Group D’s opening match between Egypt and Nigeria is lost and won. The Super Eagles intentionally outclassed the Pharaohs of Egypt making their biggest players look so ordinary.
It was an evening of total focus by the Eagles from the first to the last minute. They had a game plan and stuck to it. Coach ‘Cerezo’ Eguavoen perfected a tactical masterclass that allowed players, for the first time in more than five years, play in their rightful positions.
Note that the bench is a defence-minded bench with former Super Eagles’ Captains and defence marshals, Austin Eguavoen and Joseph Yobo, at the helm. They knew what to do on the night and did just that. The instructions were simple; ‘do not allow the Egyptians hold on to the ball for long.’ ‘Shut out Mo’ Salah because once you deny him supplies, he is ineffective.’
Who would believe that Kenneth Omeruo still had steam? Who would think Omeruo would be handed a starting shirt in a high-profile match as we had, given that he plays for a Spanish 3rd division or so?
That is where the defensive experience of the crew came handy. Omeruo is at the twilight of his career, no doubts, but his defensive know-how is very deep and sound. He knew what to do at each moment in time. The combo with Troost-Ekong was superb on the night. That combo ‘minused’ Salah and incapacitated their attack.
In the midfield, Wilfred Ndidi and Joe Aribo were very robust. Aribo is a box-to-box player and made up for what we lacked in a creative midfielder. Ndidi warded off onslaughts and made sure the defence line was not easily accessible by the Egyptians. That midfield was, simply put, locked.
Needless to mention the potency of the attacking formation. Kelechi Iheanacho and Moses Simon were played in their rightful positions. Inasmuch as Simon needed more top-class finishing, it was a game that if we had the likes of Victor Osimhen on the pitch, the Egyptians would have remembered their ordeal in the hands of Moses during the Israelites’ quest for freedom.
Now, what faces Coach Cerezo?
Nigeria has a history of not lacking when the opposition is top flight. They might lose but not scandalously. Whether it is a good team or not, we must fight. That actually was at play last Tuesday. Egypt is top flight, at least in Africa, having won the tournament a record seven times.
The biggest challenge starring the team in the face right now is complacency. There is the innate tendency to underate Sudan and be planning for the quarter final. Yes, it happened in the 1998 World Cup in France where, having topped the group after dealing with Spain, our thoughts focused on meeting Brazil in the quarter final while we have not navigated the Round of 16 match against Denmark. The Danes dazed us like newbies in that match. We cried home with a degrading 1-4 humiliation.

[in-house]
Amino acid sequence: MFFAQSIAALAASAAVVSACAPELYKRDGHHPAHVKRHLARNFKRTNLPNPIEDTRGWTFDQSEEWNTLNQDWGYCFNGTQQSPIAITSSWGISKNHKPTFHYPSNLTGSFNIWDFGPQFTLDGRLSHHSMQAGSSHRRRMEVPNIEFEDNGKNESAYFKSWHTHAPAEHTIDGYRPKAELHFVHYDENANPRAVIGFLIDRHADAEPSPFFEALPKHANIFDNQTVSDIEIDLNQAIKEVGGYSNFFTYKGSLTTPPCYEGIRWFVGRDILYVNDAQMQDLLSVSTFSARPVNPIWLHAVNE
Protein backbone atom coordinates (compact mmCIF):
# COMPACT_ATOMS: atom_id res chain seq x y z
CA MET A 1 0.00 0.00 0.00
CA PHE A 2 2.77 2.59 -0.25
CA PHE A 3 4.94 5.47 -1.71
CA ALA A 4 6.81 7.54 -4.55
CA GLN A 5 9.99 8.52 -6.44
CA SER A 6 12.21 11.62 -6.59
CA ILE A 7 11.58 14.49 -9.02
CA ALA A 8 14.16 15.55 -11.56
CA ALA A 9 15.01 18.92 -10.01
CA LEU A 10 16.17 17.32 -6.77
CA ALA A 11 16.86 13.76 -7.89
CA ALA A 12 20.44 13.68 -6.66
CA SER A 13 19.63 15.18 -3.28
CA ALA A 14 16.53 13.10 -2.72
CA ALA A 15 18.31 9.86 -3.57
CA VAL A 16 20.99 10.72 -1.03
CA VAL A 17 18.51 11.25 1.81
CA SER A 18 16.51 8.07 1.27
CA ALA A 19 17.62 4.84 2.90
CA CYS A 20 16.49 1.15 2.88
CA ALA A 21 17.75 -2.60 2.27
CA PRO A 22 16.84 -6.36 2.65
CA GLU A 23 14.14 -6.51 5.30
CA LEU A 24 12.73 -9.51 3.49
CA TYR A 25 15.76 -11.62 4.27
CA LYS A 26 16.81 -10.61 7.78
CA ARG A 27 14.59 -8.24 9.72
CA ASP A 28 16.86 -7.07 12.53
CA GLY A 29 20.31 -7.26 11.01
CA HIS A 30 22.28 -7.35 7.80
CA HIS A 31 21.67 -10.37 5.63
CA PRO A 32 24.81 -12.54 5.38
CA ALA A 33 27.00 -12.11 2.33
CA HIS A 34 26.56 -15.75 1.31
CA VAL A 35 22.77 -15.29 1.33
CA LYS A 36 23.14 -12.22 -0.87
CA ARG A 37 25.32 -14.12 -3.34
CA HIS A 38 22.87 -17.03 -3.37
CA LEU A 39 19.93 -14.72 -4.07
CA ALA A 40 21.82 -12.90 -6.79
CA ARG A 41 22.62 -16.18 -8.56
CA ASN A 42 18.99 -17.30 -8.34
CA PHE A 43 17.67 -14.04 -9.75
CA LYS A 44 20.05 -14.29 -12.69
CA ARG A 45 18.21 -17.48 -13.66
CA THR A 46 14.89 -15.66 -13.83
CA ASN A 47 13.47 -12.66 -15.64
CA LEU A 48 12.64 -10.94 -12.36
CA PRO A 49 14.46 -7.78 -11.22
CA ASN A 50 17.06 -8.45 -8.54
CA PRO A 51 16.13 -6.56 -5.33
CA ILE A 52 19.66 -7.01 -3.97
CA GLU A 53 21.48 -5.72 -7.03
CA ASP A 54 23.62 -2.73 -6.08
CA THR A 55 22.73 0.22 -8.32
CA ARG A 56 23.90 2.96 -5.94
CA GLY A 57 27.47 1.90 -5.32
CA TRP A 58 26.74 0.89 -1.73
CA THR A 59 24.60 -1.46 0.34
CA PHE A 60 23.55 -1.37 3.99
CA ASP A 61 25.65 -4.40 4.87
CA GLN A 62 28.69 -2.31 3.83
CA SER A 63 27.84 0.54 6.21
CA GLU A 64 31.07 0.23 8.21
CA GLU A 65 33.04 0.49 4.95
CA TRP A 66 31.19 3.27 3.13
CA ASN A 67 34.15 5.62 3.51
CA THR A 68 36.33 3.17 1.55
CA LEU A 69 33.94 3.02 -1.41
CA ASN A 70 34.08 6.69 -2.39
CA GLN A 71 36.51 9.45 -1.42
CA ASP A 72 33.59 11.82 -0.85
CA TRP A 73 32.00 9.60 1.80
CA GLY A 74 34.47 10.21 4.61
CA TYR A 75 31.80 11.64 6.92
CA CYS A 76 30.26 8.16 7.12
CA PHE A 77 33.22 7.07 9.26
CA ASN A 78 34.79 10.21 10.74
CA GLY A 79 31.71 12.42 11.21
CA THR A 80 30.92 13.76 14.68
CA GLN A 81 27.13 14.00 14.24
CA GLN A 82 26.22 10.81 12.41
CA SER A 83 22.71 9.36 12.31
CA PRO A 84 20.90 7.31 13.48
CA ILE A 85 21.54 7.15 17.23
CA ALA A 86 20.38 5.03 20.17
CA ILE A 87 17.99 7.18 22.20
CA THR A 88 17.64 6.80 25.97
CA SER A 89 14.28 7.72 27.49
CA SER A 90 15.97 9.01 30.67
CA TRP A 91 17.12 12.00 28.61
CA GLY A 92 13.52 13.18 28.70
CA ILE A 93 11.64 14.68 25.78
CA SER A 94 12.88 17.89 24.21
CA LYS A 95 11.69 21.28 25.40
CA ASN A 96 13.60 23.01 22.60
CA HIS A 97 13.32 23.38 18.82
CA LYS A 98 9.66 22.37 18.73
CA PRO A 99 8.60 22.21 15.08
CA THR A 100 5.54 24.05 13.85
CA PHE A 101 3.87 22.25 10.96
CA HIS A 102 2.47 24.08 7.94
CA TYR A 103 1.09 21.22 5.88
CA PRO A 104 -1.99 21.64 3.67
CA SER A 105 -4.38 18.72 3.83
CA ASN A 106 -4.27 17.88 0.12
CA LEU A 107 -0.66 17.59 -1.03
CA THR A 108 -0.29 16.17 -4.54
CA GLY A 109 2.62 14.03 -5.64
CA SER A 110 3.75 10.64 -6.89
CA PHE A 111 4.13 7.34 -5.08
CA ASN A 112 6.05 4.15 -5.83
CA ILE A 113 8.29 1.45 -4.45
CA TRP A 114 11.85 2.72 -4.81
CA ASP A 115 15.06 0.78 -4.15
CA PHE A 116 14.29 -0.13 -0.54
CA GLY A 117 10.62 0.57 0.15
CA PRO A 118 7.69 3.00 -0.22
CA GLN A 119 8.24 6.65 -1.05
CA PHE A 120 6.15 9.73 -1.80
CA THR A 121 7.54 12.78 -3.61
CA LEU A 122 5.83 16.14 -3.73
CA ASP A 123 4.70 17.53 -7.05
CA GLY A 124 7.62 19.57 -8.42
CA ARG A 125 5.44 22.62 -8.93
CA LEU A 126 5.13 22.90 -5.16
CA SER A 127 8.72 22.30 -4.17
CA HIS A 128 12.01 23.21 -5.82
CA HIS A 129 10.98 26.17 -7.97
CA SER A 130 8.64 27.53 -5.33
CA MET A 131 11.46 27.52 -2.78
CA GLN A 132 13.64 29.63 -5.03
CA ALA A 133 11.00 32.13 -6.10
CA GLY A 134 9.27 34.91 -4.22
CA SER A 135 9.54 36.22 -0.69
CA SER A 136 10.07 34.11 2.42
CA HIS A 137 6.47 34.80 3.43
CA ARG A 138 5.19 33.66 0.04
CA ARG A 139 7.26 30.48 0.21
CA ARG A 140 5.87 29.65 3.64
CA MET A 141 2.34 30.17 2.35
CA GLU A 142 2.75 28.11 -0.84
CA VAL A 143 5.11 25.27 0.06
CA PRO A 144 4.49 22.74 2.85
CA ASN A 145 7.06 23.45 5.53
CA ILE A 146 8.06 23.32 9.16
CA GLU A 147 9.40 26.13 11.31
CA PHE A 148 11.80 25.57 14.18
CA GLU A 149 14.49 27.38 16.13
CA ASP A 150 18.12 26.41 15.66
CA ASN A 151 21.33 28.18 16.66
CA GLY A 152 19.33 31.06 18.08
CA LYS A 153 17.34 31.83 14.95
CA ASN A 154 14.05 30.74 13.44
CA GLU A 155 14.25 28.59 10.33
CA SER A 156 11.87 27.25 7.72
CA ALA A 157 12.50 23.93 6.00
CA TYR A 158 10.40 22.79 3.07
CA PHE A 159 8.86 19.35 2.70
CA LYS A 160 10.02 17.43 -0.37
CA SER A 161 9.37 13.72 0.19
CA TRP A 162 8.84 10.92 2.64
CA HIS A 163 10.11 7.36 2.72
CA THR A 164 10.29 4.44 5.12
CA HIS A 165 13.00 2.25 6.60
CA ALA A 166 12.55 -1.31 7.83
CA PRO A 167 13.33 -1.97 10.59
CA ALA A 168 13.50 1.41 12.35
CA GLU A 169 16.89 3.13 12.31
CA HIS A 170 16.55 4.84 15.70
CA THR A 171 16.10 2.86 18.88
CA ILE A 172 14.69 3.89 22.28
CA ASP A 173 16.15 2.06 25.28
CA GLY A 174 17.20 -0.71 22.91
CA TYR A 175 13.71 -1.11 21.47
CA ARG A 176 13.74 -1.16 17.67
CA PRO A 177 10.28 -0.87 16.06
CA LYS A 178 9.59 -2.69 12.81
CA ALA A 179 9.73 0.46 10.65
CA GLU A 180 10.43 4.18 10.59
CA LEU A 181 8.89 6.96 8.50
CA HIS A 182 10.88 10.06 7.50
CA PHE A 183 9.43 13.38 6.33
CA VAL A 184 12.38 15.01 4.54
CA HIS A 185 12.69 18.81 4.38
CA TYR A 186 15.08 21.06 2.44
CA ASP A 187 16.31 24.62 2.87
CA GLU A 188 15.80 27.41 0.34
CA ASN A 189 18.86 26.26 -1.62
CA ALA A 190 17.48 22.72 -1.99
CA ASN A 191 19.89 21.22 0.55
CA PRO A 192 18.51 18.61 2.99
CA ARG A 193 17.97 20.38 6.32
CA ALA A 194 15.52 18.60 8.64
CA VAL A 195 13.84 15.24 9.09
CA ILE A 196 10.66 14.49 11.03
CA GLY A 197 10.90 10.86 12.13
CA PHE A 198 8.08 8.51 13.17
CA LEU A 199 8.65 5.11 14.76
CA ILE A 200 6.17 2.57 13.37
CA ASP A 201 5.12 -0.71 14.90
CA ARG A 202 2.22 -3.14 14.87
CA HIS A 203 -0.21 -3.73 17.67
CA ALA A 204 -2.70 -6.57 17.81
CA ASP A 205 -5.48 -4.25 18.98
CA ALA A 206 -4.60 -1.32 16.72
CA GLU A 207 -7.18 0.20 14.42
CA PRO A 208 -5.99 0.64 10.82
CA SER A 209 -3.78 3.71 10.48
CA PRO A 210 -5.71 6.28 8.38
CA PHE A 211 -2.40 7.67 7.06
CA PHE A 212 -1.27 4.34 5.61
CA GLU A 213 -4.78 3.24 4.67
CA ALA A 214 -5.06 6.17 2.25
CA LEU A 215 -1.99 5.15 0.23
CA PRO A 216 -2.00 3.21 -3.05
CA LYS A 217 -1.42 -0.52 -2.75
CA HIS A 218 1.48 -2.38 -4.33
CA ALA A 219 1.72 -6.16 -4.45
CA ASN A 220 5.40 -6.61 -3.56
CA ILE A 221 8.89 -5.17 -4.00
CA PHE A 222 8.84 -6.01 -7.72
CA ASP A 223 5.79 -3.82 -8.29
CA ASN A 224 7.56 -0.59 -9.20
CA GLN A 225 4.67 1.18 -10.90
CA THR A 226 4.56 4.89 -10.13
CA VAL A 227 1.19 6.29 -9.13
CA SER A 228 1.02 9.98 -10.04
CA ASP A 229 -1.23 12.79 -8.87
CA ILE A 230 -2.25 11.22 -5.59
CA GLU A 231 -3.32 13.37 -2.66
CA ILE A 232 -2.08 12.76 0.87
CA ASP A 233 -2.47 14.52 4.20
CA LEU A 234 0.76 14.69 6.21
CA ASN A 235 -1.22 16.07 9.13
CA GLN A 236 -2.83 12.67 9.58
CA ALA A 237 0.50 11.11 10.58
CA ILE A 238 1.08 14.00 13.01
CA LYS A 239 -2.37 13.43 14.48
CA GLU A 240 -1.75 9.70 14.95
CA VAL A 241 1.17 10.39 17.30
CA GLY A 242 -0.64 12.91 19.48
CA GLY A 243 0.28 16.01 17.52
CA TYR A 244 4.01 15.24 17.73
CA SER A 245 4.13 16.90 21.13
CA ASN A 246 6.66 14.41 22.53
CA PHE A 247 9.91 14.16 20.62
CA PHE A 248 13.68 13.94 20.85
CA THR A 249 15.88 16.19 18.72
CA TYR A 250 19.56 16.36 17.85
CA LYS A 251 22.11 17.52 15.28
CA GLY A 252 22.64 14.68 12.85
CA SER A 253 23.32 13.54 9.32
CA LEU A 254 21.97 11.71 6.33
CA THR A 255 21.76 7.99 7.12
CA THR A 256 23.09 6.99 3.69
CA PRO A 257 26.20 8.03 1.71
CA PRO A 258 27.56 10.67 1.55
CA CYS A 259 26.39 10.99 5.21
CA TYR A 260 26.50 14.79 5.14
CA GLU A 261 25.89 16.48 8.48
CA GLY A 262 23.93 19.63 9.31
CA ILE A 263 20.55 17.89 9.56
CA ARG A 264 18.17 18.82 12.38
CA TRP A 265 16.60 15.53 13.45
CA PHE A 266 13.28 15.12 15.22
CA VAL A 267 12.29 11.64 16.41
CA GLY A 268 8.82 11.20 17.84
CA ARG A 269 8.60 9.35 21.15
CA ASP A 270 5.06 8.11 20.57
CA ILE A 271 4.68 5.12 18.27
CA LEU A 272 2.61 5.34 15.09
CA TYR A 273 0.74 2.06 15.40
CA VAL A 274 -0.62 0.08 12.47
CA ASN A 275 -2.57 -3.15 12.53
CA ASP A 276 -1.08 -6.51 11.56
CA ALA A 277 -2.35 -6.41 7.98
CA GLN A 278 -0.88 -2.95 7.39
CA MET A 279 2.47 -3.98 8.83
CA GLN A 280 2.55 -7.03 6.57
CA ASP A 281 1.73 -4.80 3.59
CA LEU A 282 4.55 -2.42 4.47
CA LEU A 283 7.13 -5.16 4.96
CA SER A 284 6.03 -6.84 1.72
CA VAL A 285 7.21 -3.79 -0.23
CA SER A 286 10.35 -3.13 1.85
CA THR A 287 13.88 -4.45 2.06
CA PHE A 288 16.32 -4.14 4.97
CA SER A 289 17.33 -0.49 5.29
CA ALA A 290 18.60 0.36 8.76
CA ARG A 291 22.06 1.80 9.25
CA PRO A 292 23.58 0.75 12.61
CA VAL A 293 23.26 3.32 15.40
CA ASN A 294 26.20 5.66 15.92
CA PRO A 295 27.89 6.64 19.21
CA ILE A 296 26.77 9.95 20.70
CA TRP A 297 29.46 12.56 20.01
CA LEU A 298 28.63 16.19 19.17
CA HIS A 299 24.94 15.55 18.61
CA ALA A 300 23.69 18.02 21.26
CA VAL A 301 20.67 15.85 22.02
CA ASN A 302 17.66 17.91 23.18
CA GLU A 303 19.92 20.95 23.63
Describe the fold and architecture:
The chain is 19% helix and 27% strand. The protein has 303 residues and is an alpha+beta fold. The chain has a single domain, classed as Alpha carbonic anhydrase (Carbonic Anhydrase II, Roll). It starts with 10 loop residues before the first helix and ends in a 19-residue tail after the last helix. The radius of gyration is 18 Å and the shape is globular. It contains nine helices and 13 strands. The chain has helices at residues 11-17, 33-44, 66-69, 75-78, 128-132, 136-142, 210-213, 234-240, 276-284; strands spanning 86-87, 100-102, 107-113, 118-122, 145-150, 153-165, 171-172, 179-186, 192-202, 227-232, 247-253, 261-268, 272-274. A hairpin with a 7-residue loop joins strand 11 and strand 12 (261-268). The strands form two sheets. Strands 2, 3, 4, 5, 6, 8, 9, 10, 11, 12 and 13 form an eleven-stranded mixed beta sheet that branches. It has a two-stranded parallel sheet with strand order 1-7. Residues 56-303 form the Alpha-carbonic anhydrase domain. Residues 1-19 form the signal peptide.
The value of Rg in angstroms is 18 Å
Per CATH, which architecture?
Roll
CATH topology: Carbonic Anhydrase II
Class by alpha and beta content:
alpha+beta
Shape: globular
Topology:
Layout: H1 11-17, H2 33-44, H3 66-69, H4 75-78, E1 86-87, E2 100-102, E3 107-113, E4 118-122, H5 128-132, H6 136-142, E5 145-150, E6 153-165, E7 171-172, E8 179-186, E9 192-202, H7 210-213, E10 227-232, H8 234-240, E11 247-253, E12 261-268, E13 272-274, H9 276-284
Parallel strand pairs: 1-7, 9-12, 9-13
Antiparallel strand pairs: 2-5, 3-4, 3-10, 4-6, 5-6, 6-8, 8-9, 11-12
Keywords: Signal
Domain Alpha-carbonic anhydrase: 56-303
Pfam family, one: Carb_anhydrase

Such are the unpredictable lessons and treachery of football and Coach Owen has to totally guard against this. We struggle most times against teams we should roundly deal with.
Sudan plays, somewhat, same kind of football with Nigeria and as such, it is going to be a cage fight. They would rarely allow the Eagles the luxury of spaces as we had against the Pharaohs.
The players should attack the Sudanese from the very first minute. No playing around romancing the ball. It should be outright business from the onset. Coach Cerezo has no option than to put on his best thinking caps and approach the game with the utmost seriousness it deserves.
Inasmuch as the NFF has appointed a new head coach without waiting for the AFCON to finish, another obnoxious move by the apex football body, Cerezo has everything to gain if he wins this tournament. Even if he does not win it but shows good organization with a good team, he will be doing his coaching CV a great good. African national teams are looking for coaches who understand the terrain, who have seen it all and who are abreast with current trends in the game.
Cerezo, I love your calmness, I love your calculated composure, I am your fan. Take time and listen to my insinuations. Take it one game at a time and do not stick to formations that have worked. Approach each match with its own peculiarity.
Azuka Edokobi is a Writer , a Farmer, a Supply Chain Expert and an Entrepreneur